February 17, 2017
The CLO primary market experienced a busy November and December as issuers rushed to issue new deals or refinance existing deals ahead of the Dec. 24, 2016, risk retention deadline. In the secondary CLO market, the BB CLO rally has been nothing short of breathtaking. Securities that traded at dollar prices in the low 60s in late February 2016 traded in the low 90s in December, and in the high 90s in early January 2017. U.S. asset managers seeking low-risk floaters, and Asian investors seeking dollar-based credit, have driven up senior CLO tranche prices. The entire CLO capital structure reached post-crisis tights in the first weeks of 2017. Despite this tightening, the CLO arbitrage (bank loan yields minus the cost of CLO liabilities) remains challenged with loan spreads tight, Libor levels surpassing floors, and newissue volumes meager, restricting the pace of new-issue CLO creation.
Even as CLO debt spreads tighten, the CLO arbitrage—the difference between bank loan spreads and the cost of CLO liabilities in basis points—remains tight, helping to restrict the pace of new CLO issuance.
Source: Intex, S&P, Moody’s, Wells Fargo Securities, Guggenheim Investments. Data as of 12.31.2016.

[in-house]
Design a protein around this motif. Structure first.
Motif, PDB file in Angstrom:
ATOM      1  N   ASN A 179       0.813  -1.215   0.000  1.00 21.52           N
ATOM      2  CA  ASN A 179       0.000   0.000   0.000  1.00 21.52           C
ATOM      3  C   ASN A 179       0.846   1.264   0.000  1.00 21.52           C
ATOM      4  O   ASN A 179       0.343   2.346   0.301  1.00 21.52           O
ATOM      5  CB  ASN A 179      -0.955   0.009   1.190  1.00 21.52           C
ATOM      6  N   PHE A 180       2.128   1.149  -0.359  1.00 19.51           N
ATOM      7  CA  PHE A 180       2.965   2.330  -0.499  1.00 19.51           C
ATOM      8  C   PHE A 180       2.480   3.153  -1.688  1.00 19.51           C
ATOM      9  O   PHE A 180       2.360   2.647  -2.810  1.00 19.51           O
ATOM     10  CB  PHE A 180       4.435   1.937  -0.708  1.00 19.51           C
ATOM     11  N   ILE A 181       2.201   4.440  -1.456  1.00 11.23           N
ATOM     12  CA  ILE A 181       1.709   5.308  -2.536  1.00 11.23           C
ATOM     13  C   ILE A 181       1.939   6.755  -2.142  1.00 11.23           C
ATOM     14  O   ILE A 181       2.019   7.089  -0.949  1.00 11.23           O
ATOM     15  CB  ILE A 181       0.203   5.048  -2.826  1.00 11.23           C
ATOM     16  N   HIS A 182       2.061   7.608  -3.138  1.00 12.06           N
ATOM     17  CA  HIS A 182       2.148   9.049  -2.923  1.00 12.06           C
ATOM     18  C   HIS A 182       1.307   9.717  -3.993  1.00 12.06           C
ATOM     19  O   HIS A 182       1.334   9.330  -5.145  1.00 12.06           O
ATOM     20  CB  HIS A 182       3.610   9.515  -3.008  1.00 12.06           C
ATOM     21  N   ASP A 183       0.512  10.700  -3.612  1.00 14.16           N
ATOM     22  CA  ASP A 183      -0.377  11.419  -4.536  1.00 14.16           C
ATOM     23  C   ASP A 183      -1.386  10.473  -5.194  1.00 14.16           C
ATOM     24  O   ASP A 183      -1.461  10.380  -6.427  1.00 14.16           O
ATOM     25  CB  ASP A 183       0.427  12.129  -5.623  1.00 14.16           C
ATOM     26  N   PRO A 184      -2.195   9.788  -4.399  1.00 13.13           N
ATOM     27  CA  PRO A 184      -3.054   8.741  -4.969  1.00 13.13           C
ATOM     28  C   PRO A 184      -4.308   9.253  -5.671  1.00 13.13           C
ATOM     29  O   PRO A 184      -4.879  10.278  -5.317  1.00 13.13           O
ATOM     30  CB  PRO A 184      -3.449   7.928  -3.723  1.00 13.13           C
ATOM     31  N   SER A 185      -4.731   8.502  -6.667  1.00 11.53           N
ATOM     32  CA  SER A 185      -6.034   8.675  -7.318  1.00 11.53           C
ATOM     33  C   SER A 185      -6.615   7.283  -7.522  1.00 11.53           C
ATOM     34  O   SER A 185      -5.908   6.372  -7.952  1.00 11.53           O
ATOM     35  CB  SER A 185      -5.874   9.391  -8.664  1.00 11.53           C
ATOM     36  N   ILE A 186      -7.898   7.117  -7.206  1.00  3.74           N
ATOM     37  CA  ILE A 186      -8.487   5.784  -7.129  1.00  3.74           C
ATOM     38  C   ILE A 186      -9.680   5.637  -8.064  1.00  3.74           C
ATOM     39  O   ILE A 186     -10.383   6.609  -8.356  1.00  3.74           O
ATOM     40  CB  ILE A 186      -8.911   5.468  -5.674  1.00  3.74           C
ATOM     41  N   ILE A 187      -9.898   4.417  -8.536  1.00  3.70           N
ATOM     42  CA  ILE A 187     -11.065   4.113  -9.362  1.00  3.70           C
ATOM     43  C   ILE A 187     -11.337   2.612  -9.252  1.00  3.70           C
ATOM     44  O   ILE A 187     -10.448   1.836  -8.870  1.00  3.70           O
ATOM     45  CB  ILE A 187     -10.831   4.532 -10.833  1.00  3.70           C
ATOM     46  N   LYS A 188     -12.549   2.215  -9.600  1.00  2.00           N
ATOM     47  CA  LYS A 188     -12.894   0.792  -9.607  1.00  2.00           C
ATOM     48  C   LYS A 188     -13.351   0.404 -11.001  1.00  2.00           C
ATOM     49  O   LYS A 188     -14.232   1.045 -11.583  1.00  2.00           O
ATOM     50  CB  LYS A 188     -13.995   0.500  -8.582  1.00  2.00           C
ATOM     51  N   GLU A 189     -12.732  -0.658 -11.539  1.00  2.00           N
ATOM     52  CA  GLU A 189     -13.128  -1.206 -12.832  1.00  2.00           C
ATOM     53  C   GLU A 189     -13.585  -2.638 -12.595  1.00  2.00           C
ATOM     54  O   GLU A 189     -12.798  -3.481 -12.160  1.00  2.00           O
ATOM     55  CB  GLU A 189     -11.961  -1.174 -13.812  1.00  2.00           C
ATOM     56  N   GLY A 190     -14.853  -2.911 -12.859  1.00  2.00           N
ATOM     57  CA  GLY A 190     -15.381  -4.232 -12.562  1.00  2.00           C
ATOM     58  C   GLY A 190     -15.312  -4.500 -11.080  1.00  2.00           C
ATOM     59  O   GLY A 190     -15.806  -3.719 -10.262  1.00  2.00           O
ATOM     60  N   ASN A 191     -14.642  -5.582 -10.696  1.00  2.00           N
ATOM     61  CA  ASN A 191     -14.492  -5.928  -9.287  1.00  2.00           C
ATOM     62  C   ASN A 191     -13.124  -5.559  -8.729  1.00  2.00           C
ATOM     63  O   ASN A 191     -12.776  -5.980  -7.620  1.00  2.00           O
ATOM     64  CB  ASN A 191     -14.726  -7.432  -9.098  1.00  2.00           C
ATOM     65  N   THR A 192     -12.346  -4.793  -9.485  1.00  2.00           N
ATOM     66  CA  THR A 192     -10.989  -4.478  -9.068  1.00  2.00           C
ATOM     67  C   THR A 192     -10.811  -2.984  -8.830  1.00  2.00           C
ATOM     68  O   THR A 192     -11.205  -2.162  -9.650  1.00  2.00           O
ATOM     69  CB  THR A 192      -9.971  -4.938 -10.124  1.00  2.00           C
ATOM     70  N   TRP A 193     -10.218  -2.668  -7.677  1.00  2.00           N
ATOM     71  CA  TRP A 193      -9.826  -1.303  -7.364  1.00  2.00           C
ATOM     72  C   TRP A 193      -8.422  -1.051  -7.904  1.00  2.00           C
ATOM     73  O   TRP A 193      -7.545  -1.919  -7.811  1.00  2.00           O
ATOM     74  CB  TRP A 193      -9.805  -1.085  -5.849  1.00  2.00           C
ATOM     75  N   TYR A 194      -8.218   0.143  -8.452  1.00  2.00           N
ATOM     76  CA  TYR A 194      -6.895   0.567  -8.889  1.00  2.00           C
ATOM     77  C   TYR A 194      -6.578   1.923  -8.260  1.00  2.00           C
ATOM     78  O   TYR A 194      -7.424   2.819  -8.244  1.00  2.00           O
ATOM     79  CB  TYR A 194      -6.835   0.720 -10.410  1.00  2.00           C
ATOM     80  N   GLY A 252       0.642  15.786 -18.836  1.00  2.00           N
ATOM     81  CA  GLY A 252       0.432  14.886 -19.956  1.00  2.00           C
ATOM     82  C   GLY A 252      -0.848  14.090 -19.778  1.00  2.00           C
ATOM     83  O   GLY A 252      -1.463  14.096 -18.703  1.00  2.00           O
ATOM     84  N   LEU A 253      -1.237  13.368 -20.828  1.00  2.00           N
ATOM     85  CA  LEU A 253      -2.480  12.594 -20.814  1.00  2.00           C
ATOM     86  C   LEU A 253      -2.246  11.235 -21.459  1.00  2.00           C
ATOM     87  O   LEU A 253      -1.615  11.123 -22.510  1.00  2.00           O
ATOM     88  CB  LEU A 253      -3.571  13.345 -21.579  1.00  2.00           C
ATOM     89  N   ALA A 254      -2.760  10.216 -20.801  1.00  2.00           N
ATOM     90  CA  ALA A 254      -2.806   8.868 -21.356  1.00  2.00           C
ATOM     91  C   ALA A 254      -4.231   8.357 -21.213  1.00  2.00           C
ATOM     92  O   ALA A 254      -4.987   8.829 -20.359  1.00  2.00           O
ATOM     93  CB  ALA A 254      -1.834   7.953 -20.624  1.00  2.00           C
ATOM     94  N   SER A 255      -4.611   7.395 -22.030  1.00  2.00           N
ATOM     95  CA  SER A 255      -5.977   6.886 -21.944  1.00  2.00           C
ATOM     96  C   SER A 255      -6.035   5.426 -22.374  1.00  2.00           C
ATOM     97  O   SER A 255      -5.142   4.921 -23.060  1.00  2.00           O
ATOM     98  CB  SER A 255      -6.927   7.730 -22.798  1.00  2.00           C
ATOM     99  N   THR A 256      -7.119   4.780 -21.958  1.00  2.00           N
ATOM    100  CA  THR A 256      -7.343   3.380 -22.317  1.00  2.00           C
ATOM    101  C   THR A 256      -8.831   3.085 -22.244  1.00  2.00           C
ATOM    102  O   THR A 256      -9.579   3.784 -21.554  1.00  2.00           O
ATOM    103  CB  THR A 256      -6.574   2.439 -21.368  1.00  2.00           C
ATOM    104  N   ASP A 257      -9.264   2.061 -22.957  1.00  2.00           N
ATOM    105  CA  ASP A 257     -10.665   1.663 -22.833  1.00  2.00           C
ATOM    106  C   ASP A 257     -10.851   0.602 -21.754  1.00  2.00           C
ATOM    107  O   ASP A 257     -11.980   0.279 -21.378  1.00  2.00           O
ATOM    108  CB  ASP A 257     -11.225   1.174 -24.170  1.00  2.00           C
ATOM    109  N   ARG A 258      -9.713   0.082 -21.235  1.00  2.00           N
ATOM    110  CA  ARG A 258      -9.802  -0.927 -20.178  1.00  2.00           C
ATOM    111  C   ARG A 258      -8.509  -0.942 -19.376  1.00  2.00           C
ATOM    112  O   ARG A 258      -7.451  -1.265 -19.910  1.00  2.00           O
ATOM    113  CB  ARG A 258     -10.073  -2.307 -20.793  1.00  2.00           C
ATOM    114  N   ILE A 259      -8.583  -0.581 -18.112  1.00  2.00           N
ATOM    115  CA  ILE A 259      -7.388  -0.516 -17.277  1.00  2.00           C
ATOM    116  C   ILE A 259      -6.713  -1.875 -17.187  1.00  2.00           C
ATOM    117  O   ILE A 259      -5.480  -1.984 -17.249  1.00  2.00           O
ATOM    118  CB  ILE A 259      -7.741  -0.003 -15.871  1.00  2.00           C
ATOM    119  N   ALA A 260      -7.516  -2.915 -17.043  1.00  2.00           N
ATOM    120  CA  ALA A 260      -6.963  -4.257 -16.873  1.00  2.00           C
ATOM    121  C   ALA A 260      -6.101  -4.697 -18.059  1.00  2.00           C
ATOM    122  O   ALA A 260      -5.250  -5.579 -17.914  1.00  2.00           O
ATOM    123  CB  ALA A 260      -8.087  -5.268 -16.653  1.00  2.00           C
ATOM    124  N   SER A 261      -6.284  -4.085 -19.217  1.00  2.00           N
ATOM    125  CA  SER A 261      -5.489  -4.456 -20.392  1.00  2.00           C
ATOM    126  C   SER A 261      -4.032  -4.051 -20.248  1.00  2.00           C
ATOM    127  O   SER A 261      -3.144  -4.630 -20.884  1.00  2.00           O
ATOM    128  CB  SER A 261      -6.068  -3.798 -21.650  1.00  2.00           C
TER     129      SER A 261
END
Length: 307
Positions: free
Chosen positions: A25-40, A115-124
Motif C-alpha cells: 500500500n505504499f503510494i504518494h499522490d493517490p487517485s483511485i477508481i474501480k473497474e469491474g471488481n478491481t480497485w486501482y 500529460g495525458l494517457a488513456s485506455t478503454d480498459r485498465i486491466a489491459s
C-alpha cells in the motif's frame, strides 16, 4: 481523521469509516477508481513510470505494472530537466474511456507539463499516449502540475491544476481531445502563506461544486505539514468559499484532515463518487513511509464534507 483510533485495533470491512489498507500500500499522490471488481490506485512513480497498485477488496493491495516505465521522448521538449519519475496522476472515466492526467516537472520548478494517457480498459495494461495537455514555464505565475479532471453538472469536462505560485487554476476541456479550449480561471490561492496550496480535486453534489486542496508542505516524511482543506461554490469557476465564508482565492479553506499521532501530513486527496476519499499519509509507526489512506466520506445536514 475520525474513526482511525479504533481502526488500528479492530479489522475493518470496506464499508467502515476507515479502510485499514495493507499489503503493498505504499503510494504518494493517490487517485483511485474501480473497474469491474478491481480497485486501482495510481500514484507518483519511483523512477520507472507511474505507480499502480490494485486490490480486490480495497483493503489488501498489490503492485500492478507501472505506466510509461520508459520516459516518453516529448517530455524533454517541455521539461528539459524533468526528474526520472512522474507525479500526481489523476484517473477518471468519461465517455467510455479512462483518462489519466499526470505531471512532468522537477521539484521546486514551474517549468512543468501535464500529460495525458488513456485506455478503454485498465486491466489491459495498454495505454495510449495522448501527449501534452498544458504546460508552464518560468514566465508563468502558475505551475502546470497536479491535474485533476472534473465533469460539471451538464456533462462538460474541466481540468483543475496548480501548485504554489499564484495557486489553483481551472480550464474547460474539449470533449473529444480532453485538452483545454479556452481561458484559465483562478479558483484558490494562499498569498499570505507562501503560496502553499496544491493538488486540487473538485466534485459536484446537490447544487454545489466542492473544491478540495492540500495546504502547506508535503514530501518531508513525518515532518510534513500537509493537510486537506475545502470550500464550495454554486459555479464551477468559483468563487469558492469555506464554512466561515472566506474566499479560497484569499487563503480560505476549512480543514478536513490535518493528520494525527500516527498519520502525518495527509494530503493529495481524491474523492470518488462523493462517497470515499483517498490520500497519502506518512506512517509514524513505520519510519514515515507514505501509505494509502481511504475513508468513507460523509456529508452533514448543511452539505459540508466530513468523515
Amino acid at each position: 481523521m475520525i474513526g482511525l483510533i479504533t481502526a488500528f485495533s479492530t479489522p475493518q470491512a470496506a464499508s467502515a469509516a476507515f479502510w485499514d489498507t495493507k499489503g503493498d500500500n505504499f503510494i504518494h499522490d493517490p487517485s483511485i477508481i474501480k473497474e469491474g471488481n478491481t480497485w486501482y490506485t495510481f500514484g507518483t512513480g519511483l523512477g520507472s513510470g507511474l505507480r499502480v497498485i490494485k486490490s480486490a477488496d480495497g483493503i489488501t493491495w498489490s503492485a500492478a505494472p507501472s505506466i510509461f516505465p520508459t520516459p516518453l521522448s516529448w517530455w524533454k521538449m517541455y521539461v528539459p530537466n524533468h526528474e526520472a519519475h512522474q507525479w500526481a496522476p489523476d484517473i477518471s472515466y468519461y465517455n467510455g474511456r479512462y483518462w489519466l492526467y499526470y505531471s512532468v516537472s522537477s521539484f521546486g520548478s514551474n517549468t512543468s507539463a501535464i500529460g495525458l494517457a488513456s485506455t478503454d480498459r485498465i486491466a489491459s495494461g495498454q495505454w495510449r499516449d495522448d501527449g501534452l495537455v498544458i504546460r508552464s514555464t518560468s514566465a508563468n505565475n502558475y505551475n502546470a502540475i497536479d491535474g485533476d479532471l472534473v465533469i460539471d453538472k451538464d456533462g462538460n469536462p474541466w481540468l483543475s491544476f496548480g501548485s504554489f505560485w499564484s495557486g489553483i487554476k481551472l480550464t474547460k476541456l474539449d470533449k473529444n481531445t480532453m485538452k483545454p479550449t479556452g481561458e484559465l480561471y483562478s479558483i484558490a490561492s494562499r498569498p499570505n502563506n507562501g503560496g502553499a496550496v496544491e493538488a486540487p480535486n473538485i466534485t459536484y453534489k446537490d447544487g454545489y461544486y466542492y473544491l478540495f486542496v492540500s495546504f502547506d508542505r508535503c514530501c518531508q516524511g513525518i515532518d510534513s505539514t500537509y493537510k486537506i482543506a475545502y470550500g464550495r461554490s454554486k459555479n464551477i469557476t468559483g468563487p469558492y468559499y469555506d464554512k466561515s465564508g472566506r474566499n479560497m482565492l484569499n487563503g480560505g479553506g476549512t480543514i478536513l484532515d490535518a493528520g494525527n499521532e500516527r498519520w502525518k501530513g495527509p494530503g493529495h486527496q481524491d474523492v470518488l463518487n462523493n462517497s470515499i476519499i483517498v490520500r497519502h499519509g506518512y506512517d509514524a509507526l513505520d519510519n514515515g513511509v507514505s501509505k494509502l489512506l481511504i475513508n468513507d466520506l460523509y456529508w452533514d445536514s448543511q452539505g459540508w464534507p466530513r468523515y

Outside of CLOs, we expect a heavy calendar of aircraft lease securitizations in 2017. In October, HNA Group’s Avolon unit acquired CIT’s commercial aviation leasing business for about $4 billion, highlighting two aircraft market trends: significant capital markets activity, and Asian investors seeking dollar assets. Meanwhile, consumer performance observed in traditional ABS, such as credit cards and auto loans, remains strong.
According to J.P. Morgan’s benchmark CLO indexes, CLOs returned 1.01 percent in the fourth quarter, with lower quality tranches outperforming. For post-crisis CLOs, BB-rated tranches returned 4.87 percent, compared to 2.13, 0.81, 0.80, and 0.58 percent for BBB, A, AA, and AAA tranches, respectively. Spreads tightened across all tranche ratings, ending the quarter at or near their post-crisis tights.
Given current CLO debt valuations, we prefer less credit risk and spread duration, favoring the shorter AA and A-rated tranches offered in refinanced 2013–2014-issued deals. Investment-grade tranches of middle market CLOs continue to offer a significant spread pickup versus CLOs backed by broadly syndicated loans. As CLO spreads continue to tighten, we find new issue CLO equity tranches intriguing, as a contrarian may wish to lock in those tight liabilities anticipating wider entry points to buy loans during a four- to five-year reinvestment period. Within ABS, we have observed a stabilization within the shipping container market, and find value in select container ABS issues and aircraft lease securitizations.
CLO prices have been driven up by strong demand from U.S. managers seeking low-risk, floating-rate assets, and Asian investors looking for dollar-based credit.
Source: JP Morgan, Guggenheim Investments. Data as of 12.31.2016.
—Matt Lindland, Senior Managing Director; Michelle Liu, Director; George Mancheril, Vice President
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